I'm talking about blogging all week. See all the posts in this series here.
Now that I’ve laid out how much time it takes, I want to be clear that we’re not exactly spinning yarn here. There are a plethora of tools and resources to help you grow, manage, and maintain your blog. I’ve tried a lot and have settled on a few.
Here are my must-have blogging tools:
Typepad. I built my blog on the Typepad platform and couldn’t be happier about it. I go into all the reasons why I love and stay with Typepad here. It drives me batty that a huge percentage of “serious” bloggers will try and tell you that self-hosted Wordpress is the only way to go. Typepad makes my blogging life about 4,000 times easier than all of my Wordpress friends.
But there are other platforms with a huge online presence, too. Squarespace has been making a splash. And two of the best (and biggest) bloggers I know are still using the free Blogger! Which just goes to show that you don’t need to pay or need all the bells and whistles to have a wildly successful blog.
Mail Chimp. I’ve only been using Mail Chimp for less than a year, but I have a major crush on it. Mail Chimp is an email delivery service, and first I put all of my email subscribers there, and now it’s what I use to deliver the Secret Posts.
Mail Chimp is intuitive and friendly to use. You can build newsletter and email campaigns by just dragging and dropping where you want pictures and text. It’s fun to use and now my blog emails look so pretty.
Evernote. When I’m on the go, Evernote is how I keep track of the ideas and To Dos that float through my mind. I have notebooks for the blog and for our life and they all sync wirelessly from my phone to my iPad to the computer. So if I make a note in my phone while standing in Target, it will be on my computer when I get home.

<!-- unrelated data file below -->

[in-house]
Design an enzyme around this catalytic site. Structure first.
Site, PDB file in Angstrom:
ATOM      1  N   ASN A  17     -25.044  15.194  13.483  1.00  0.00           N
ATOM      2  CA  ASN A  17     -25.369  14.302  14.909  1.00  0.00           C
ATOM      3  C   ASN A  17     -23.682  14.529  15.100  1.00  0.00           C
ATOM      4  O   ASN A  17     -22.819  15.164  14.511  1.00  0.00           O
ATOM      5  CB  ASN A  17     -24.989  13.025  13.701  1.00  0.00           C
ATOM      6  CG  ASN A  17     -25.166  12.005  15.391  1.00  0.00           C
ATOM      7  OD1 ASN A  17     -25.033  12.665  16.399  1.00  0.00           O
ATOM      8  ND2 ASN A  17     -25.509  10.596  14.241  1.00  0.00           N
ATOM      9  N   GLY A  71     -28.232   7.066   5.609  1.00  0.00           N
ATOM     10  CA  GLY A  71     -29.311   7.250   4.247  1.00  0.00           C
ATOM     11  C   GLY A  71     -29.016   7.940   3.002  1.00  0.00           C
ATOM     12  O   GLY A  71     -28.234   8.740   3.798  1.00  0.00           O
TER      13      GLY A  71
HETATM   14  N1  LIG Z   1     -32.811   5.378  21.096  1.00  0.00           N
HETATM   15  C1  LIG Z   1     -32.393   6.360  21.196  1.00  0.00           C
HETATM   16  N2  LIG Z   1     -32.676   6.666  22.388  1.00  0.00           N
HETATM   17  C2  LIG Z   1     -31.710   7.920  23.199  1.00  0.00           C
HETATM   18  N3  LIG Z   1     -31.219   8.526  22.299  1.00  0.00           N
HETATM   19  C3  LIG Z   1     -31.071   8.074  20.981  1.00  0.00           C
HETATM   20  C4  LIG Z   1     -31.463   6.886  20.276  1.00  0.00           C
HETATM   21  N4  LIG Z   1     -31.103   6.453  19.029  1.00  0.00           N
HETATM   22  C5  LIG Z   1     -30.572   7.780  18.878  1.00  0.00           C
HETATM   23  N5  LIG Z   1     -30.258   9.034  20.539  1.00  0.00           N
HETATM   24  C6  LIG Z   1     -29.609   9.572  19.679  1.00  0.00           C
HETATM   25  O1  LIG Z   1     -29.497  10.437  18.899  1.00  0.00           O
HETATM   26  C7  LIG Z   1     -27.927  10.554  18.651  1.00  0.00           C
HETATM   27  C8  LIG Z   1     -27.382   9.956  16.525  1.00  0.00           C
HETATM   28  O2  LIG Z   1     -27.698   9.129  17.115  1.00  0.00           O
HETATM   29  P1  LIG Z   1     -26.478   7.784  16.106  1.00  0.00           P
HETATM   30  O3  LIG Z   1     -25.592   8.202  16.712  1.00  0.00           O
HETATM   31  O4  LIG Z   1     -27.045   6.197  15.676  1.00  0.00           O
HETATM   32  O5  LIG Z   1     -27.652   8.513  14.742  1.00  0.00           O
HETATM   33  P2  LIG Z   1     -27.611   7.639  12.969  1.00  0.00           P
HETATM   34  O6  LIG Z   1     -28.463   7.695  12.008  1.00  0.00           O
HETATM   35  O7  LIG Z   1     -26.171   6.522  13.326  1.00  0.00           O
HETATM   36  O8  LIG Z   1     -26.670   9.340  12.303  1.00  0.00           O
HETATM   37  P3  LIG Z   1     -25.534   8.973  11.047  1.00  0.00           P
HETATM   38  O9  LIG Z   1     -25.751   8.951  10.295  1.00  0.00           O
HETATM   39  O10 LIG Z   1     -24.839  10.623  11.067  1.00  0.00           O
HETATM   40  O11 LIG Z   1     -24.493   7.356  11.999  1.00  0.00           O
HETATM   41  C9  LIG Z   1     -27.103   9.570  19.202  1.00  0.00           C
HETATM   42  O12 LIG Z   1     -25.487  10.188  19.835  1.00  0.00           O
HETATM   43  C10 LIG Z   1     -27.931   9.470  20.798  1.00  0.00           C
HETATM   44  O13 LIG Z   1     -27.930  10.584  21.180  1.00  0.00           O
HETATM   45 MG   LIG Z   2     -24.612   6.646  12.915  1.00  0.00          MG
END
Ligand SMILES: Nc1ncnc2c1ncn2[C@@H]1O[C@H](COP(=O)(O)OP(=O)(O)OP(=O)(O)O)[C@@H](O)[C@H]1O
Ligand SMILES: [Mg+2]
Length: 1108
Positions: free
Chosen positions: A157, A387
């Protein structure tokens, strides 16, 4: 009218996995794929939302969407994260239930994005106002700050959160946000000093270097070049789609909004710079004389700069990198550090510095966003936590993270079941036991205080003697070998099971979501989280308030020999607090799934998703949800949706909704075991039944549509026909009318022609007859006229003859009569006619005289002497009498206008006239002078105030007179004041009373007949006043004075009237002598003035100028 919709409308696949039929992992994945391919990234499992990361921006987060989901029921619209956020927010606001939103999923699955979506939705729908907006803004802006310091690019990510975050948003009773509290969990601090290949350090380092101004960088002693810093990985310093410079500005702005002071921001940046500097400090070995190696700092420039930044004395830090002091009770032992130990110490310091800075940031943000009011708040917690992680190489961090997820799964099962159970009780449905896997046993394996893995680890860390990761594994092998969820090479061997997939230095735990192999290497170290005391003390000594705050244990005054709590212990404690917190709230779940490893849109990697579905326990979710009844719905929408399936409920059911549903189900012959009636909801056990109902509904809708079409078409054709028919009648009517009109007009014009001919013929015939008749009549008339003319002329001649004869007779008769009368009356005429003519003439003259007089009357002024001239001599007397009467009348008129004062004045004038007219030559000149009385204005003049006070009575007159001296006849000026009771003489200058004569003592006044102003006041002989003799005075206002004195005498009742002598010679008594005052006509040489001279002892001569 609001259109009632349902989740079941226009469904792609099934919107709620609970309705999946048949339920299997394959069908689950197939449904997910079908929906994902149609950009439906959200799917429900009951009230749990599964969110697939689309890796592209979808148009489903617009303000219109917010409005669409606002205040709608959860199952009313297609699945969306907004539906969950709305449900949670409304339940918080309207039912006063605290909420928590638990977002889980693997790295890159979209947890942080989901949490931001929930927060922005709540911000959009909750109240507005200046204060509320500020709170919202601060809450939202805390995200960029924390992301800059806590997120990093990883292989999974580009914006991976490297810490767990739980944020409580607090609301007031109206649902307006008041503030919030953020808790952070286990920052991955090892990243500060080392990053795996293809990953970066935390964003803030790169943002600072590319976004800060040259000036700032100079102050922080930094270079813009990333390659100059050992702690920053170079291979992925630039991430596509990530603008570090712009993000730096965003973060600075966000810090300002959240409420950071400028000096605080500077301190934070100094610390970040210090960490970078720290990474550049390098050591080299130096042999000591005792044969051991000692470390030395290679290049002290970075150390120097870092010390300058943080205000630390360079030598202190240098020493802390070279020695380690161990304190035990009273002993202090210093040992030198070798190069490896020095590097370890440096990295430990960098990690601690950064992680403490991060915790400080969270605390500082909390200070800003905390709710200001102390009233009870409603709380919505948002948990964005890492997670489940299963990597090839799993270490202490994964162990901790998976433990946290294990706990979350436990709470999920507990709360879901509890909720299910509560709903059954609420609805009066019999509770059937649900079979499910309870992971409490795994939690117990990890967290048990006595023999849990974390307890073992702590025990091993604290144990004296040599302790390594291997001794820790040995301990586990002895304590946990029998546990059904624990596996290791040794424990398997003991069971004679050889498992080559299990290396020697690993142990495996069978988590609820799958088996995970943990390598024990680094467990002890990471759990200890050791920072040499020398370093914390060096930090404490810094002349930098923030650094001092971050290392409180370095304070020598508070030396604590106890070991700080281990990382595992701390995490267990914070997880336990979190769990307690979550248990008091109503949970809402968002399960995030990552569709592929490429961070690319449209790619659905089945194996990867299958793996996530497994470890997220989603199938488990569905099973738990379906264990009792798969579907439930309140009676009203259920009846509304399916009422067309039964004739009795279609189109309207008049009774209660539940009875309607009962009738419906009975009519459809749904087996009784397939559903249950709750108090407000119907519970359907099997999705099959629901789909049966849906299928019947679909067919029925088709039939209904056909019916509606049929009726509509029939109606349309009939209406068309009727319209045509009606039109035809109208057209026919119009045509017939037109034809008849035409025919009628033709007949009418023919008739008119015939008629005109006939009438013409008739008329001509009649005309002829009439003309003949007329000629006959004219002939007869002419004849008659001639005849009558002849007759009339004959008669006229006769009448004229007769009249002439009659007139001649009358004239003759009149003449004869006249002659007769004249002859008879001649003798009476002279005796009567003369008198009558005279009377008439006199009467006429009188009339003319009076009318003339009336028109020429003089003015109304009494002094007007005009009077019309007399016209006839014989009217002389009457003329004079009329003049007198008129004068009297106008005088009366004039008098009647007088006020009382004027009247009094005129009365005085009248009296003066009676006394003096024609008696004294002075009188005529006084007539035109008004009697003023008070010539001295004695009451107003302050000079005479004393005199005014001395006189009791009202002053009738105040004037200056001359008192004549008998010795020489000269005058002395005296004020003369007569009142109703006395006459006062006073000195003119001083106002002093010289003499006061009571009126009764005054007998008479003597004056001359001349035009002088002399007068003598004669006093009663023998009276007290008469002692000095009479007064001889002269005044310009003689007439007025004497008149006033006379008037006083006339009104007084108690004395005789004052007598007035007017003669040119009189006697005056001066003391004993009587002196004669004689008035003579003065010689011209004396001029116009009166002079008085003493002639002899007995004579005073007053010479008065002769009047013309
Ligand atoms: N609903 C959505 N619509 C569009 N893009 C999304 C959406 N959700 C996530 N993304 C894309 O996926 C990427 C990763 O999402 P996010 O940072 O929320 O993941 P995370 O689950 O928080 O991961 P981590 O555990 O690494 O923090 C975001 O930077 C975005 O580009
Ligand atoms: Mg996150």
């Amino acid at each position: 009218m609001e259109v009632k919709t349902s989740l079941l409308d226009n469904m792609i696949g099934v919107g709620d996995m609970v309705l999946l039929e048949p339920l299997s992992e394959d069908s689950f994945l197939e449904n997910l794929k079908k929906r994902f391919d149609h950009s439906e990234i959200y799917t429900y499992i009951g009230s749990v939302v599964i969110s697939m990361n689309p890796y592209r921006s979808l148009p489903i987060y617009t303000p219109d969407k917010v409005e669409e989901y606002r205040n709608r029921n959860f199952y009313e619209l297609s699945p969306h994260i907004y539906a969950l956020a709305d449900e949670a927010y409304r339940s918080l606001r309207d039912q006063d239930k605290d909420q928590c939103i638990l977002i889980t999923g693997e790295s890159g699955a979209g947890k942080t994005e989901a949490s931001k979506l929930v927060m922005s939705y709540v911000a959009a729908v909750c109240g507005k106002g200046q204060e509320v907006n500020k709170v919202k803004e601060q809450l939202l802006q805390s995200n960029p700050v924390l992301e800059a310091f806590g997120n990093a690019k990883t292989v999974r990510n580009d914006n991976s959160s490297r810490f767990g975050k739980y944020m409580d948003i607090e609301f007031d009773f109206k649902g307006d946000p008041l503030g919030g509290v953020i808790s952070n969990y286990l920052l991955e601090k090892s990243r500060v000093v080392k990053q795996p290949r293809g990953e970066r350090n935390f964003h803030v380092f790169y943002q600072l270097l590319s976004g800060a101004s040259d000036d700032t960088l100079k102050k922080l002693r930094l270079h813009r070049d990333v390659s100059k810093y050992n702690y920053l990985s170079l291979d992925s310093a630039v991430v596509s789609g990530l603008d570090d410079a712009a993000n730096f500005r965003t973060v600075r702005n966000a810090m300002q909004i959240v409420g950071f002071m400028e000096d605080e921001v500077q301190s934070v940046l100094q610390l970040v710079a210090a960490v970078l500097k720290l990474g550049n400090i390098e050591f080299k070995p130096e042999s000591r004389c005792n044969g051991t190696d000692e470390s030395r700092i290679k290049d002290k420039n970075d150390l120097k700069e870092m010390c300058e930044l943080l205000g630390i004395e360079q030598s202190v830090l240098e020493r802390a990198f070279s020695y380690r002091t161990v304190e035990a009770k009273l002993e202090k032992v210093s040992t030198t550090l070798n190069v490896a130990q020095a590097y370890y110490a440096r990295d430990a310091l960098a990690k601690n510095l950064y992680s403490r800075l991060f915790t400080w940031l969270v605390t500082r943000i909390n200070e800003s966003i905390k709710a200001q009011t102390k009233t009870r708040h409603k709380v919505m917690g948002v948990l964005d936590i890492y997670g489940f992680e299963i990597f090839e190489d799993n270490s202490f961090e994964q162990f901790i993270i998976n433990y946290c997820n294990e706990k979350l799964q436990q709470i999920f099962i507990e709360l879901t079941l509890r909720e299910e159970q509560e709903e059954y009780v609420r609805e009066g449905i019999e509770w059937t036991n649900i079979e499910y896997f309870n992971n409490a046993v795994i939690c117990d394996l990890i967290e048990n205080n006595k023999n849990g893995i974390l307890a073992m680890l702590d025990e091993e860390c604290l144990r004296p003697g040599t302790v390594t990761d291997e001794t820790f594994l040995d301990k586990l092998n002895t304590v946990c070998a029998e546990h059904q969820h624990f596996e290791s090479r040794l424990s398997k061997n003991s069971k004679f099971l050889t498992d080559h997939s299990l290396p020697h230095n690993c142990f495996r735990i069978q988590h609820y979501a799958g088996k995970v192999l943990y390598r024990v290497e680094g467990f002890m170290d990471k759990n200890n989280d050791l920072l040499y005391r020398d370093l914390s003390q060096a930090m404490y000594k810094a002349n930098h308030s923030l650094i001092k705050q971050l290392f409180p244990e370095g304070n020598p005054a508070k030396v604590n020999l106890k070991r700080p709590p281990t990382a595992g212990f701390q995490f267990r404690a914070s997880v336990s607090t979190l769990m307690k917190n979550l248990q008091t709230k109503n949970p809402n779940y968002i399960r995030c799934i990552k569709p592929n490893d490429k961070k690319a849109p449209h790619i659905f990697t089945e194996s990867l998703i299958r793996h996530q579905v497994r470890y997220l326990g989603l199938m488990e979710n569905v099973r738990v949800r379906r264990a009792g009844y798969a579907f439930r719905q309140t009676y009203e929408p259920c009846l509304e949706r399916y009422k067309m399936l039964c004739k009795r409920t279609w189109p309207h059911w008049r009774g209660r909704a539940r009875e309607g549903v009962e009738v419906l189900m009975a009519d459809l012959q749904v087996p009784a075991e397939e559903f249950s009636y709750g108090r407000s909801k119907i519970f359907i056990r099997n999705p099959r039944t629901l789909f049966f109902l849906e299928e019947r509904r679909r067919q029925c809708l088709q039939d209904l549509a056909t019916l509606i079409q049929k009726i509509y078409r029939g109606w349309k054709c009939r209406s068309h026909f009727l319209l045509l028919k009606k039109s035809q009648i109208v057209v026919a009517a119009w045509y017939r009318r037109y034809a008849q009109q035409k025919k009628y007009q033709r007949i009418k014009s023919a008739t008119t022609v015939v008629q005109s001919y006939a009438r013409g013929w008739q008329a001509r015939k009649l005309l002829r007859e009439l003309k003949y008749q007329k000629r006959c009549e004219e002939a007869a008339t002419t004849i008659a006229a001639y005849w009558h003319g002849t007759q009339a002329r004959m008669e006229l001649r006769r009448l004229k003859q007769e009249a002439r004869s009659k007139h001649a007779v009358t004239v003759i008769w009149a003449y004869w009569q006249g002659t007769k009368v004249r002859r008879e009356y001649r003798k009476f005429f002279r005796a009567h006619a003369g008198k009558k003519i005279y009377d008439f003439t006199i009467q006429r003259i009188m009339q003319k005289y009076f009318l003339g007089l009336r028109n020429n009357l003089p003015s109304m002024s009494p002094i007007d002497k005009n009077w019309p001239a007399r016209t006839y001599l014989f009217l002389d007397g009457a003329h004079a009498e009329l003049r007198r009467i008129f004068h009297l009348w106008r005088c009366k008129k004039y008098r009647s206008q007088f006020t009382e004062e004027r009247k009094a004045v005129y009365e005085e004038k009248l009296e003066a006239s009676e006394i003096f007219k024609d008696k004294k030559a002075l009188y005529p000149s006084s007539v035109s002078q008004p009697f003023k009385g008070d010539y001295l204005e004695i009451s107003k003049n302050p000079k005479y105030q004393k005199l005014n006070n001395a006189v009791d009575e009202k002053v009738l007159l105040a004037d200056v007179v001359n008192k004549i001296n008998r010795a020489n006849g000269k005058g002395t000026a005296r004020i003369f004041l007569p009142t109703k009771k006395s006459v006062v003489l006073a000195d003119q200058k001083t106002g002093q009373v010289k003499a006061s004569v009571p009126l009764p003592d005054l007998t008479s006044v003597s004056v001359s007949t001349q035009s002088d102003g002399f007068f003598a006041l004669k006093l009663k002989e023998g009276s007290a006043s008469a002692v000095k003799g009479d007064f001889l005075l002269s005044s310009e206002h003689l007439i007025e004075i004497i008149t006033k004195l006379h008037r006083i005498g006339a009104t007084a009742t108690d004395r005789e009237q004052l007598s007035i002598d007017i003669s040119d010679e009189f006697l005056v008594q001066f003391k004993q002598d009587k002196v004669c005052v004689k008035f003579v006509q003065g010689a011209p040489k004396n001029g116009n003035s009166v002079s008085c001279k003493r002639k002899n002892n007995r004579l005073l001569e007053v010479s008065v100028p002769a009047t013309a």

I can keep a notebook for Friday Links and for sites where HH is featured. I can snap a picture and keep it in Evernote to remind me to do a post about it. It’s a handy and easy little tool. (Side note: I just started experimenting with Wunderlist this week, which I’m still figuring out. I’ll report back.)
DSLR. They say that the best camera you have is the one you have with you. In that case, it’s usually my iPhone. But when I’m not being lazy about it, a DSLR makes the whole world prettier. I have and love the Nikon D7000. My favorite lenses are the 50mm 1.4 and the 35mm 1.8. And Ken Rockwell is one of my favorite resources when researching camera stuff.
Flickr Creative Commons. Of course personal pictures are the best way to go on a personal blog, but when you just need a generic looking photo to break up all the text in a post, I try Flickr Creative Commons. These are photos in the Flickr pool that photographers (sometimes professionals, but mostly amateurs) have give free license to use, as long as you link back to them.
You can search for anything and weed through the results to find an image you like. Say you want a photo of a rainbow in your post. Flickr creative commons is a great tool for bloggers. Just remember to credit the photographer!